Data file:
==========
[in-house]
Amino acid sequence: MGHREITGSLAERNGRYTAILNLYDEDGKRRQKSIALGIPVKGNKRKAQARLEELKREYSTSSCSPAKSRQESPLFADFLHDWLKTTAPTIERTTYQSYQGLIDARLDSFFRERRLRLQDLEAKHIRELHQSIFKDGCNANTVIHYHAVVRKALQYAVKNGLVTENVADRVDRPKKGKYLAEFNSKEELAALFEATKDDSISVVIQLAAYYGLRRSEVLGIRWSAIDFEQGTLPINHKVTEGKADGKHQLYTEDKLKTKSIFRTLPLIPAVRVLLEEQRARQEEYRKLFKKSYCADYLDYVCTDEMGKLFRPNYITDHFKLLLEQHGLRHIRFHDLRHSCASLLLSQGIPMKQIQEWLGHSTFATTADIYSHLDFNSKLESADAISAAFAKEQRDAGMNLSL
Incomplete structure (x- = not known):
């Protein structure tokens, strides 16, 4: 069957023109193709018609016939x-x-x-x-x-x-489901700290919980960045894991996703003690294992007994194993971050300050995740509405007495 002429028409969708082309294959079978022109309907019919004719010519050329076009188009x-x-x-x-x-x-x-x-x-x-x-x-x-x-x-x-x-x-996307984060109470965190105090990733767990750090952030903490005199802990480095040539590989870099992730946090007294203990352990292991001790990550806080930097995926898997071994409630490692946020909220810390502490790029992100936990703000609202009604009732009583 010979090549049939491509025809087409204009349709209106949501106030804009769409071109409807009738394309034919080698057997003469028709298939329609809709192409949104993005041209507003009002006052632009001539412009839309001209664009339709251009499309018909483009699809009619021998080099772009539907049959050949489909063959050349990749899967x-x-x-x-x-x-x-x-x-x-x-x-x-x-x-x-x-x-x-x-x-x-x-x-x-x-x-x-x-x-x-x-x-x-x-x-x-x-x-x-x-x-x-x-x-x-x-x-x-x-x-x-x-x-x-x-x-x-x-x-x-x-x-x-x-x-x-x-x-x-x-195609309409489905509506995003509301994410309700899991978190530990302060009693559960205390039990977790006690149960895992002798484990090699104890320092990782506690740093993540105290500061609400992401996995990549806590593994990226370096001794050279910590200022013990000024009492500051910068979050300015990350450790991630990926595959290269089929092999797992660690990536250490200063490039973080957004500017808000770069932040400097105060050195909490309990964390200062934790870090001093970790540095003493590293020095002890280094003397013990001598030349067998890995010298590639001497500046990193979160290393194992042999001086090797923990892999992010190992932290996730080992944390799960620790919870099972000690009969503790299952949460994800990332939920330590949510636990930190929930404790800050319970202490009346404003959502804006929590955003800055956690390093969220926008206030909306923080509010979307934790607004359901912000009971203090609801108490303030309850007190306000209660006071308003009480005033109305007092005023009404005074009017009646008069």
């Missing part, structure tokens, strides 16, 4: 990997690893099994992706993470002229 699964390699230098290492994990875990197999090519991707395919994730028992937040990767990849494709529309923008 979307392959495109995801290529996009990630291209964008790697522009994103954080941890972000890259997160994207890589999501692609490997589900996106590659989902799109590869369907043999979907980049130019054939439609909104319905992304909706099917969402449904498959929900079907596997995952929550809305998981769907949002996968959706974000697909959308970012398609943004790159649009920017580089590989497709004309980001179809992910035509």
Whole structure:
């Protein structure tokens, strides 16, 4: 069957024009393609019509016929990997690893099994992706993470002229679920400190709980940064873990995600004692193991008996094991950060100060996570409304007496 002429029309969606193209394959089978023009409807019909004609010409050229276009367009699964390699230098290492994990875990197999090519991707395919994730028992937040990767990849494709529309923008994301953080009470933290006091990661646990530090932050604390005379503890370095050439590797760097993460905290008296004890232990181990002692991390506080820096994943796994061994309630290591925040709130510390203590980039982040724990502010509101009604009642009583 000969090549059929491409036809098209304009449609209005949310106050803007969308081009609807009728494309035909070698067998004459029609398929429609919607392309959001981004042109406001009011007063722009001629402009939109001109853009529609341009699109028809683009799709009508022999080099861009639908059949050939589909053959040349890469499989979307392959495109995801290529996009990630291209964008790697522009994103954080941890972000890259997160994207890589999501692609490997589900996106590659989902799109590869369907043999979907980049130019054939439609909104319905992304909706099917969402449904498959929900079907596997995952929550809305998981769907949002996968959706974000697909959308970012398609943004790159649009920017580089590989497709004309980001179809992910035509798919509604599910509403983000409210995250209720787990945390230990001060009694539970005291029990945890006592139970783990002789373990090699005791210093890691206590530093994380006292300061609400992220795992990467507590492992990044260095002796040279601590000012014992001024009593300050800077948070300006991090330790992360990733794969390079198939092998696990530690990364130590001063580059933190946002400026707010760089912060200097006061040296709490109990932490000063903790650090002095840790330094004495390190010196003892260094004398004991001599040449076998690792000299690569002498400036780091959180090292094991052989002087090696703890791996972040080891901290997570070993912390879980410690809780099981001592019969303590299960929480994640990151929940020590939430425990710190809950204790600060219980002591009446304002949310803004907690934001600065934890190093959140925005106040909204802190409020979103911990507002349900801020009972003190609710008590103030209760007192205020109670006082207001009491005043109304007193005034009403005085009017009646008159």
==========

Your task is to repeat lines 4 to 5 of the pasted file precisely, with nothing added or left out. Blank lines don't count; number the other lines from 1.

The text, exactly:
């Protein structure tokens, strides 16, 4: 069957023109193709018609016939x-x-x-x-x-x-489901700290919980960045894991996703003690294992007994194993971050300050995740509405007495 002429028409969708082309294959079978022109309907019919004719010519050329076009188009x-x-x-x-x-x-x-x-x-x-x-x-x-x-x-x-x-x-996307984060109470965190105090990733767990750090952030903490005199802990480095040539590989870099992730946090007294203990352990292991001790990550806080930097995926898997071994409630490692946020909220810390502490790029992100936990703000609202009604009732009583 010979090549049939491509025809087409204009349709209106949501106030804009769409071109409807009738394309034919080698057997003469028709298939329609809709192409949104993005041209507003009002006052632009001539412009839309001209664009339709251009499309018909483009699809009619021998080099772009539907049959050949489909063959050349990749899967x-x-x-x-x-x-x-x-x-x-x-x-x-x-x-x-x-x-x-x-x-x-x-x-x-x-x-x-x-x-x-x-x-x-x-x-x-x-x-x-x-x-x-x-x-x-x-x-x-x-x-x-x-x-x-x-x-x-x-x-x-x-x-x-x-x-x-x-x-x-x-195609309409489905509506995003509301994410309700899991978190530990302060009693559960205390039990977790006690149960895992002798484990090699104890320092990782506690740093993540105290500061609400992401996995990549806590593994990226370096001794050279910590200022013990000024009492500051910068979050300015990350450790991630990926595959290269089929092999797992660690990536250490200063490039973080957004500017808000770069932040400097105060050195909490309990964390200062934790870090001093970790540095003493590293020095002890280094003397013990001598030349067998890995010298590639001497500046990193979160290393194992042999001086090797923990892999992010190992932290996730080992944390799960620790919870099972000690009969503790299952949460994800990332939920330590949510636990930190929930404790800050319970202490009346404003959502804006929590955003800055956690390093969220926008206030909306923080509010979307934790607004359901912000009971203090609801108490303030309850007190306000209660006071308003009480005033109305007092005023009404005074009017009646008069």
């Missing part, structure tokens, strides 16, 4: 990997690893099994992706993470002229 699964390699230098290492994990875990197999090519991707395919994730028992937040990767990849494709529309923008 979307392959495109995801290529996009990630291209964008790697522009994103954080941890972000890259997160994207890589999501692609490997589900996106590659989902799109590869369907043999979907980049130019054939439609909104319905992304909706099917969402449904498959929900079907596997995952929550809305998981769907949002996968959706974000697909959308970012398609943004790159649009920017580089590989497709004309980001179809992910035509």